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DIY Tomato Supports

Tomatoes are one of several crops that are best grown in your own garden. The homegrown flavors tomato trellis supportsof picked-when-ripe, fresh tomatoes, snap beans, peas, or corn are worth the effort. This year I tried a new support system with my tomatoes, and so far it is my favorite because it is easy to set up, use, and store. And it's reusable year after year!

My new method is similar to the stake-and-weave method, but it's easier. I used sturdy wire mesh panels (concrete remesh or hog panels work well) attached to 8' fencing t-posts. I hung the mesh with the bottom about 1' above the ground and attached it to t-posts using zip-ties. I planted my tomatoes 2' apart in line with the support. While I am in the garden, I can simply weave the tomato tops back and forth through the grid pattern. I do this once a week, maybe twice, while I scout for ripe tomatoes, pests, and disease. At the end of the season, I can simply remove frost-killed vegetation, snip the zip ties, pull the t-posts and store the panels and t-posts flat, outdoors, for years of use. These are also great for creating permanent trellises rotating between peas, pole beans, melons, watermelon, cucumbers or any other climbers. I love seeing my tall, thin, yet strong wall of tomatoes. This system is simple, space efficient, reusable, and keeps plants off the ground, improving airflow and reducing the risk of soilborne diseases. It helps make weeding a snap!

Every year my gardening efforts open my eyes to new opportunities and ideas to improve colors, flavors, and methods—my skills and enjoyment grow right alongside it.



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DIY Tomato Supports Comments

7 comments

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5 out of 5 stars Feb 18, 2020
I've used tomato cages, Florida weave and tomato stakes and am still looking for a better method. This looks like a fast and easy way of supporting tomatoes. I used cattle fencing to trellis cucumbers last year and it worked good. I'm going to try this method for my tomatoes this year.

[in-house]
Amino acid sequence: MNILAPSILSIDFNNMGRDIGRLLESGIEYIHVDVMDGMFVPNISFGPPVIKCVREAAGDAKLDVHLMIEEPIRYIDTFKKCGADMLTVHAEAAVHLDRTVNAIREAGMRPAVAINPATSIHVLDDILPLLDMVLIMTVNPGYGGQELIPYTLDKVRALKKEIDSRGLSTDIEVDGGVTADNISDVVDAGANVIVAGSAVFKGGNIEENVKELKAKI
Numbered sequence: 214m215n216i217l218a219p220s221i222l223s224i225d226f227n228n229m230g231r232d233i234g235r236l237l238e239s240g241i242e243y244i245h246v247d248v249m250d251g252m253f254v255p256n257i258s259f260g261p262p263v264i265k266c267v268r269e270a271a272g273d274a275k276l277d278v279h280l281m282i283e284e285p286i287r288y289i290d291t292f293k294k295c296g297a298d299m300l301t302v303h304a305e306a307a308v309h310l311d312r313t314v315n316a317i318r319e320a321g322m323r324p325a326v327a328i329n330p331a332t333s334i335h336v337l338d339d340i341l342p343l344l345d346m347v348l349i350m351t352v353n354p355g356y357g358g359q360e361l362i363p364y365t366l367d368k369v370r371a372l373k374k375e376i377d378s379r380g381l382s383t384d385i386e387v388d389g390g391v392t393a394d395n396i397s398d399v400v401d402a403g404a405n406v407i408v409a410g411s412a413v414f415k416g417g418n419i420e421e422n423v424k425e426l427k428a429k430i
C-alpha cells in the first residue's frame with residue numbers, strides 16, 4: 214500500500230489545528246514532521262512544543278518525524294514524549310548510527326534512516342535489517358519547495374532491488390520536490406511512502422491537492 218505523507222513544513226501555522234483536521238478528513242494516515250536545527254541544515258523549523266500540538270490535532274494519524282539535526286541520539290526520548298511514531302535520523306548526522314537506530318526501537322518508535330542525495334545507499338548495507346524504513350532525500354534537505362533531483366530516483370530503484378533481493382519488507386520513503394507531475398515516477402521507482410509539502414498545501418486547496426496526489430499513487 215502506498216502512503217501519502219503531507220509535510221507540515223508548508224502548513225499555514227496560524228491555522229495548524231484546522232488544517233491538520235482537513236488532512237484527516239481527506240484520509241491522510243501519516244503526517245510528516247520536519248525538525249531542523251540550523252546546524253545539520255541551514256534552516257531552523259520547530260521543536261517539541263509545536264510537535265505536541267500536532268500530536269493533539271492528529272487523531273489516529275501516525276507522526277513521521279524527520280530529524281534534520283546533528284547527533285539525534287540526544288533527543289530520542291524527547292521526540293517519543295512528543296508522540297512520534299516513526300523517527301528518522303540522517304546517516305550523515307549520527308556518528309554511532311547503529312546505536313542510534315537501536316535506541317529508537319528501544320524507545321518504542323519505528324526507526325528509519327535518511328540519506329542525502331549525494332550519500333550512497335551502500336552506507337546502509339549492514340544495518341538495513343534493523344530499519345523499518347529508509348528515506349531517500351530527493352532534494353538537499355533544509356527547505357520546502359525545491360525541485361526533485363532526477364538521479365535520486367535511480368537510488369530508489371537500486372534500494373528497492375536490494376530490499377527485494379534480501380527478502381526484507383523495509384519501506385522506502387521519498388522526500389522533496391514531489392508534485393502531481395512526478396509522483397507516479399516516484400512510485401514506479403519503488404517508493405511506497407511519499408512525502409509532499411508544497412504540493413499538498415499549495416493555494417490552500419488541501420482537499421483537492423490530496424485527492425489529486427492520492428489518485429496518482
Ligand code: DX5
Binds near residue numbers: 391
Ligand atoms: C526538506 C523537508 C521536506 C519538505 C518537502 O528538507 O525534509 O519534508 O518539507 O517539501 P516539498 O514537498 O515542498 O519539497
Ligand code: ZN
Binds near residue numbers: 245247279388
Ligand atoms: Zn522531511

Debbie from MS

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5 out of 5 stars Feb 18, 2020
Sounds great but it would help if you could explain some of the terms you use in this sentence: "sturdy wire mesh panels (concrete remesh or hog panels work well) attached to 8' fencing t-posts." I do not know what wire mesh panels (or the examples) are and I do not know what "t-posts" are.
Lewis from MA
Owner Response: Hi Lewis, Thanks for the question. Remesh is a cheaper option than cattle or hog fence panels, but it is not as sturdy and will rust. Remesh is a flat, metal grid panel used to stabilize concrete and can be found in the concrete section of a hardware store. The images might be helpful for a visual representation. Hog or cattle panels are fencing panels used in livestock operations and for general fencing and look similar to remesh but are sturdier, rust-proof, and also more expensive. T-posts are posts that are driven into the ground vertically to support fencing. T-posts are straight, often green, and have a spade shape at the bottom which helps to anchor them into the ground. They can also be found in the fencing section of a hardware store.

Blog Title

5 out of 5 stars Jul 22, 2020
Get 1"x2" x 8 feet wood stakes and drive them in at least a foot. Make notches in wood as needed to hold up ties. This method necessitates at least weekly visits to plants to bundle the spread and tie up the plant due to the increasing weight from tomatoes. I stain my stakes - just to make my wife happy, but it does look nice. Indeterminate tomatoes need this 8 foot stake, but shorter ones can be used for determinate varieties.
Frank Hochman from CA

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5 out of 5 stars Jul 23, 2020
Great idea! Do you have a photo?
Cindy from NY

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5 out of 5 stars Jul 24, 2020
I use the eight foot handy fences from local feed store, I use 3/4 rebar by 8 feet long and that has a 6" 3/4" piece of rebar welded in "Y" type postion, so I just hang the handy fence. been doing this 3 years now. I am lucky my husband welds.
SARA HILL from VA

Blog Title

5 out of 5 stars Mar 28, 2021
I agree with some of the other comments! Pictures or video would be super helpful!
marcie from CA
Owner Response: Hi Marcie, Thanks for the feedback, we will look into putting something together. Happy gardening!

Blog Title

5 out of 5 stars May 14, 2021
I have 4x8ft raised beds. The cattle panels I bought at Tractor Supply Co & were 50in x 16ft. I put t post next to the wood of bed. Then took the panels & arched it over to the bed next to the 1st bed. It makes an arch not only for vining fruit & can also plant an evergreen vine so you have a pretty arch to walk under & supports the tomatoes, squash, melons ect. I have a second bed at end of first so I use 2 panels & have a longer archway. Being Deep South my season is longer but a firepit in the yard makes being back there very relaxing in cool weather & a paradise for bees, butterflies & birds. I have some fruit trees & 4x4 wildflower beds so my yard is basically an edible garden. Look up the cow panels on TSC web site to see what they look like. I highly recommend this method. Panels are around $25 & T posts around $5.
Michelle from LA